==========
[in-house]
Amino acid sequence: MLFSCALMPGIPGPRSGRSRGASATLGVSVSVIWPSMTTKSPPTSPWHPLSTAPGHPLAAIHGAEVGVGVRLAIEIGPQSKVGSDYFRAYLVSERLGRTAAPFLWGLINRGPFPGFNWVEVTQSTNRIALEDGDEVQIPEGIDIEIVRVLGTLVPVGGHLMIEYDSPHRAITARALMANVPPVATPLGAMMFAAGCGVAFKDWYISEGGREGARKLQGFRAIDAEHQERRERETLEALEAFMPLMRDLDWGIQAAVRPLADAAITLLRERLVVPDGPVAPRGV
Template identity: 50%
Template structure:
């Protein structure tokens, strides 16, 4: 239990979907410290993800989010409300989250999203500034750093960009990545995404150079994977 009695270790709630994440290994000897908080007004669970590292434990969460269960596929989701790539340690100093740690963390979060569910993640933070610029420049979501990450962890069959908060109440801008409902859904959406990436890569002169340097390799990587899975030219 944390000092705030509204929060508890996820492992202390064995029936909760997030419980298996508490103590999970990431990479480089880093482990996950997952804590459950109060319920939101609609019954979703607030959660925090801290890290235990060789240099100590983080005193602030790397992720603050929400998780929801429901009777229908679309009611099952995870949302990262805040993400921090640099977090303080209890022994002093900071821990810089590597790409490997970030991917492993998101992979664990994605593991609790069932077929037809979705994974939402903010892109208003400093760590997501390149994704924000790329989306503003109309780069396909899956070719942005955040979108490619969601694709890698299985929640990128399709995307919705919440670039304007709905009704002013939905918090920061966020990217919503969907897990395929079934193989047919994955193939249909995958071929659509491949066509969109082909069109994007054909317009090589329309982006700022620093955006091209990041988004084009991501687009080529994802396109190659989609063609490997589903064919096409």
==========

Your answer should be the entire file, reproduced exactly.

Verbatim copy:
[in-house]
Amino acid sequence: MLFSCALMPGIPGPRSGRSRGASATLGVSVSVIWPSMTTKSPPTSPWHPLSTAPGHPLAAIHGAEVGVGVRLAIEIGPQSKVGSDYFRAYLVSERLGRTAAPFLWGLINRGPFPGFNWVEVTQSTNRIALEDGDEVQIPEGIDIEIVRVLGTLVPVGGHLMIEYDSPHRAITARALMANVPPVATPLGAMMFAAGCGVAFKDWYISEGGREGARKLQGFRAIDAEHQERRERETLEALEAFMPLMRDLDWGIQAAVRPLADAAITLLRERLVVPDGPVAPRGV
Template identity: 50%
Template structure:
């Protein structure tokens, strides 16, 4: 239990979907410290993800989010409300989250999203500034750093960009990545995404150079994977 009695270790709630994440290994000897908080007004669970590292434990969460269960596929989701790539340690100093740690963390979060569910993640933070610029420049979501990450962890069959908060109440801008409902859904959406990436890569002169340097390799990587899975030219 944390000092705030509204929060508890996820492992202390064995029936909760997030419980298996508490103590999970990431990479480089880093482990996950997952804590459950109060319920939101609609019954979703607030959660925090801290890290235990060789240099100590983080005193602030790397992720603050929400998780929801429901009777229908679309009611099952995870949302990262805040993400921090640099977090303080209890022994002093900071821990810089590597790409490997970030991917492993998101992979664990994605593991609790069932077929037809979705994974939402903010892109208003400093760590997501390149994704924000790329989306503003109309780069396909899956070719942005955040979108490619969601694709890698299985929640990128399709995307919705919440670039304007709905009704002013939905918090920061966020990217919503969907897990395929079934193989047919994955193939249909995958071929659509491949066509969109082909069109994007054909317009090589329309982006700022620093955006091209990041988004084009991501687009080529994802396109190659989609063609490997589903064919096409």